Our menu takes into account the fact that some people believe a spoonful of sugar helps the medicine go down while others prefer drinks with a little more bite. Some, like the Mai Tai or the Queen’s Park Swizzle, prominently feature liquor. Others have such a complex flavor the alcohol can be pretty hard to detect.
Just because a particular cocktail doesn’t taste excessively boozy doesn’t mean you’ve gotten short changed on the pour (since we measure each drink, the chances of that happening are pretty slim). It’s more likely you’ve got a drink that was mixed by craftsman who is perfectly following a recipe developed by an artisan who understood (or understands) what it takes to make a perfectly balanced exotic cocktail.
8. Make ‘em to order/Make ‘em from scratch. A good tiki drink is made to order using fresh ingredients. You can’t make them in batches ahead of time; they don’t really keep. We use very few mixes at the bar. Those we do use are either extremely complicated to make and require significant preparation (like the Navy Grog mix) or they’re simple combinations of basic non-alcoholic ingredients that have been pre-measured for speed and consistency (like the Mai Tai Mix, which is simply Rock Candy Syrup, Orgeat and a little orange flavoring).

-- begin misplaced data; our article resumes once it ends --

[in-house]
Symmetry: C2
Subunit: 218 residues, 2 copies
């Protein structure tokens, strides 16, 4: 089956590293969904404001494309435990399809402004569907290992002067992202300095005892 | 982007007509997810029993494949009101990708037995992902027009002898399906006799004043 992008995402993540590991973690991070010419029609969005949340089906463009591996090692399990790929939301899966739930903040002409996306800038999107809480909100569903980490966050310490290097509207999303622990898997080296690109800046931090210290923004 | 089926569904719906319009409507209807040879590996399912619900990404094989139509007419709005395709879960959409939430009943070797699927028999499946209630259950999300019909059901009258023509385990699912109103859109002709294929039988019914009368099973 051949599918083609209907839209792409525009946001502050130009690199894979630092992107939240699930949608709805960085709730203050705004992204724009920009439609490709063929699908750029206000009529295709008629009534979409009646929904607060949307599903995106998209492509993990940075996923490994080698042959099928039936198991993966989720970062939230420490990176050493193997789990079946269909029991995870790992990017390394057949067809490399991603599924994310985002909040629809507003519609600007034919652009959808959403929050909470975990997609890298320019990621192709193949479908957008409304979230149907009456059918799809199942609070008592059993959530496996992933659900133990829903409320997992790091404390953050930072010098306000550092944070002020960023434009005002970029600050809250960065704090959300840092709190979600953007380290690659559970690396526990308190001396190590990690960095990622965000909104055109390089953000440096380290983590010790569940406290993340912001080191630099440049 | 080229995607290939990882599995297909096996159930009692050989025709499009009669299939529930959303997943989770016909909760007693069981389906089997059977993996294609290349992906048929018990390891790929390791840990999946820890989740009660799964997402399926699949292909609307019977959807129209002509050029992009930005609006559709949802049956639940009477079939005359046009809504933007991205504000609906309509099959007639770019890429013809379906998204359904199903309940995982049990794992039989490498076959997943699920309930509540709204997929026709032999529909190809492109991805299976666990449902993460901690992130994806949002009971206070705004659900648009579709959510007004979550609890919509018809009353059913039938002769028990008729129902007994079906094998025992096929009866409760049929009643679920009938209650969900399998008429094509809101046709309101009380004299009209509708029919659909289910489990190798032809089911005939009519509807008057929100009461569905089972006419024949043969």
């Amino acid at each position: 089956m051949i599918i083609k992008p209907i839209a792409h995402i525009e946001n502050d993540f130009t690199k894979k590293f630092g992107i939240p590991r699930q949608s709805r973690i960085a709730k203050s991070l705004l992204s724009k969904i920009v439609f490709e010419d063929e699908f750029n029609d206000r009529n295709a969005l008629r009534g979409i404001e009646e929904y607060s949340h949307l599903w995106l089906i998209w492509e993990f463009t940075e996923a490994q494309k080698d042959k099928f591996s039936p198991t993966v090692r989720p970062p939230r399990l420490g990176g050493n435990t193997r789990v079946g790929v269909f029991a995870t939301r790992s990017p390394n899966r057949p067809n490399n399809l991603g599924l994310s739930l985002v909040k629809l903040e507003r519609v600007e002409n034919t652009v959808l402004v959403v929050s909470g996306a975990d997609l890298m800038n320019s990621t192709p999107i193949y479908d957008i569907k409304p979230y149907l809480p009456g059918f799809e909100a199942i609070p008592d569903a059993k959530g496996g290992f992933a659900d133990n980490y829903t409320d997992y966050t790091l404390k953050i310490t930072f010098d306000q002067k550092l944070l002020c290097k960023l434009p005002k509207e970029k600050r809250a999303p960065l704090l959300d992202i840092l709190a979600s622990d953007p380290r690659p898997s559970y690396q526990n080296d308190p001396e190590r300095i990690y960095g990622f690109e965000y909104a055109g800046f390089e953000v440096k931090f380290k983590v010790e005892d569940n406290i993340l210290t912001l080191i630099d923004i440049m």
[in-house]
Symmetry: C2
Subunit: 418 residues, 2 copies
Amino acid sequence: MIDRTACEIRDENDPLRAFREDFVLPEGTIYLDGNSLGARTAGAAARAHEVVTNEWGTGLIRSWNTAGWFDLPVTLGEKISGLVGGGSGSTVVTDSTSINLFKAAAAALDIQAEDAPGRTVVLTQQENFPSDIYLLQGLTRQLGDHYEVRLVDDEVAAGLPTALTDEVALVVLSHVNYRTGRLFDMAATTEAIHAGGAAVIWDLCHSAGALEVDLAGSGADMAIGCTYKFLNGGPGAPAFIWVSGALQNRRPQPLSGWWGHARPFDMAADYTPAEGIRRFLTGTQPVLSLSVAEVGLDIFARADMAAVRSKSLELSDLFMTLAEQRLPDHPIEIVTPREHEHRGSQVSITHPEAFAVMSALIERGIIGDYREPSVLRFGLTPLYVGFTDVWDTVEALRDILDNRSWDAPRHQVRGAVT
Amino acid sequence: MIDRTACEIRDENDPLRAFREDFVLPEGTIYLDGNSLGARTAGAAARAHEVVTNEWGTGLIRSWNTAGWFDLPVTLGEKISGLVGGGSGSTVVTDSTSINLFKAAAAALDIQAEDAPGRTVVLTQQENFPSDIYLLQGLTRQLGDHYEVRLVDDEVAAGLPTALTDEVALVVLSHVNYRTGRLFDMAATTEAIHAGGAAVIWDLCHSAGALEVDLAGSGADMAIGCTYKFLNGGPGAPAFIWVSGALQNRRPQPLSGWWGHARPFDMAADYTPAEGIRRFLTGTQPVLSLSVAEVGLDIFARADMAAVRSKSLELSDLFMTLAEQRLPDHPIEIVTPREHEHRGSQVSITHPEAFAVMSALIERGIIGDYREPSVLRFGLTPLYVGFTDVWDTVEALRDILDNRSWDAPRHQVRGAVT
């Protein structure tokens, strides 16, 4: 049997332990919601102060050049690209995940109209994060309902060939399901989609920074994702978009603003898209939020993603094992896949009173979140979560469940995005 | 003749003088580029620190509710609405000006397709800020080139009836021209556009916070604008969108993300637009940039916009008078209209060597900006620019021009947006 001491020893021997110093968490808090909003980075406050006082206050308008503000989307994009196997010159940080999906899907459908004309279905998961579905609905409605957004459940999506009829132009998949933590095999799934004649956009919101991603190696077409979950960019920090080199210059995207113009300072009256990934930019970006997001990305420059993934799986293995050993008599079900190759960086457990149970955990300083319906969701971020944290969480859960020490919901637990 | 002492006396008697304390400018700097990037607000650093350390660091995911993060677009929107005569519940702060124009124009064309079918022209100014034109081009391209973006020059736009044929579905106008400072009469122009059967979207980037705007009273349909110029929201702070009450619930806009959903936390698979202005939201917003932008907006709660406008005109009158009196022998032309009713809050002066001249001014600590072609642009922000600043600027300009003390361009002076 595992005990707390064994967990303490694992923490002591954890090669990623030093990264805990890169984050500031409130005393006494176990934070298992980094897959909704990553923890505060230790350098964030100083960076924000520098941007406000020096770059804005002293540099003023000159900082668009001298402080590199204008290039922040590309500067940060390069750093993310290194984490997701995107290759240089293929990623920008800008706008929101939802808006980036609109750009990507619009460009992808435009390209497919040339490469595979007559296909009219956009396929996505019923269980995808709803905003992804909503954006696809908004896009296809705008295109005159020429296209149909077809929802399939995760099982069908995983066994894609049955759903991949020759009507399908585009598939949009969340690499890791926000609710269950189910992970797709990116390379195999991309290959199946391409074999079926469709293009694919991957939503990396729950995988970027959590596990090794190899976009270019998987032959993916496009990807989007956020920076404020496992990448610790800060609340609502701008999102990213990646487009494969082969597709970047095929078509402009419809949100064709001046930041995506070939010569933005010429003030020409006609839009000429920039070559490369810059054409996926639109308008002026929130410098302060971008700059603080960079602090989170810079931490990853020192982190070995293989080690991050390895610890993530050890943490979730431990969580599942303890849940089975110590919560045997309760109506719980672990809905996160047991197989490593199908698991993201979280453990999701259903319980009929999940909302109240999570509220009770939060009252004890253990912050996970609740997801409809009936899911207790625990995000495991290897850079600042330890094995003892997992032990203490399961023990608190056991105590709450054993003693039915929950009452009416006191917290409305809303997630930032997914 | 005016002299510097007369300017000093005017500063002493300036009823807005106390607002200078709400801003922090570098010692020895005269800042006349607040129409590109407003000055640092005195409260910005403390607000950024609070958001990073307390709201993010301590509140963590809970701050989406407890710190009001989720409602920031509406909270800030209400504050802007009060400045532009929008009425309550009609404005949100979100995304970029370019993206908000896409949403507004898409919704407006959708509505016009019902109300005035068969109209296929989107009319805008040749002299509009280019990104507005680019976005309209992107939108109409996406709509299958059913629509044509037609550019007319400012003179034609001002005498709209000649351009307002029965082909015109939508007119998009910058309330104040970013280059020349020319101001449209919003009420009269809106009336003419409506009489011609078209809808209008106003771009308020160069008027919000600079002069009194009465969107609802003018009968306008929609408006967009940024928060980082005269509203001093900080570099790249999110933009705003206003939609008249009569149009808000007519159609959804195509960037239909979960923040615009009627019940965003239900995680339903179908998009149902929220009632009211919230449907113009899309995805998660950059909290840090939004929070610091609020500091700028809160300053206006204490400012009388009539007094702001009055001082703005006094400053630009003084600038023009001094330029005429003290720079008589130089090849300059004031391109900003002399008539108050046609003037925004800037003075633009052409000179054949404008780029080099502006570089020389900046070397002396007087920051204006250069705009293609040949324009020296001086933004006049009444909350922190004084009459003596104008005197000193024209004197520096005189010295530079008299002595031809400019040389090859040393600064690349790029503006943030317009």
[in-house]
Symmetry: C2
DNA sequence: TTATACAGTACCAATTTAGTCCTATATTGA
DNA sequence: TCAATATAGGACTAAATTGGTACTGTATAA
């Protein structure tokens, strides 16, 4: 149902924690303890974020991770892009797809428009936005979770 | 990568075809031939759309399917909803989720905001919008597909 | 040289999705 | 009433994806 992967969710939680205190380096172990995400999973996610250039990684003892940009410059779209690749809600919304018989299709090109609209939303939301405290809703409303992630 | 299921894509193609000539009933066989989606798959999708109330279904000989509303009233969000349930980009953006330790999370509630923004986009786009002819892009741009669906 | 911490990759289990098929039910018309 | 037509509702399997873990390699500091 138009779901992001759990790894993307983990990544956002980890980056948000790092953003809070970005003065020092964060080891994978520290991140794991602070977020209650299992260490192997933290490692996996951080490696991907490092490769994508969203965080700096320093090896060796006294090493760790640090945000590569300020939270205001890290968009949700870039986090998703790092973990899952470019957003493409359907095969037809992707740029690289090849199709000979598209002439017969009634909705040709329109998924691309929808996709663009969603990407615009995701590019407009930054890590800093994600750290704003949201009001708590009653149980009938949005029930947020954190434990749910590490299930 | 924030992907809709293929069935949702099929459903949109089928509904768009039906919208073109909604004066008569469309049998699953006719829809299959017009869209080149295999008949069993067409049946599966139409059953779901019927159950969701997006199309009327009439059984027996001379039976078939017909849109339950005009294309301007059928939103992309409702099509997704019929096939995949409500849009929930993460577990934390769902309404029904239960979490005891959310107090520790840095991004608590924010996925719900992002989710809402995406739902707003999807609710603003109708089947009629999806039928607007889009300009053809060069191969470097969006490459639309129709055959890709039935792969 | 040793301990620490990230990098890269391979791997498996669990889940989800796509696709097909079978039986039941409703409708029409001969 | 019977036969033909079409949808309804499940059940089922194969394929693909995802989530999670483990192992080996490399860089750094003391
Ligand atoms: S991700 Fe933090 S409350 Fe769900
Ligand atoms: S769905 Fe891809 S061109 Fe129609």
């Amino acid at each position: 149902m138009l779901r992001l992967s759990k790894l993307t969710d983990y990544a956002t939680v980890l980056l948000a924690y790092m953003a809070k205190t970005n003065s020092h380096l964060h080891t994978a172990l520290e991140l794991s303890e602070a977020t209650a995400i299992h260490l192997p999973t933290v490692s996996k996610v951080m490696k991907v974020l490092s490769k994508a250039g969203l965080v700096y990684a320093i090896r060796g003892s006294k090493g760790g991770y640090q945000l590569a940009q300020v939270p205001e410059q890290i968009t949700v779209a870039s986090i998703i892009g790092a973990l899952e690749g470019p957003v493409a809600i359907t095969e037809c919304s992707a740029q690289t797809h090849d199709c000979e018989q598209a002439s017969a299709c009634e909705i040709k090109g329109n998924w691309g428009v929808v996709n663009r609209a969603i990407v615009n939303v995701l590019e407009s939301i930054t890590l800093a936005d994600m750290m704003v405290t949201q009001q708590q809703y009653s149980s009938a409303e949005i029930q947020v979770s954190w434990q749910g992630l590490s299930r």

In the case of the Mai Tai, we also offer a version called the 1944, which is virtually the same drink made from scratch for those who like it old school. You can also order your 1944 “the old way,” which means we add a float of 151 that adds a very nice flavor that works its way in as you go.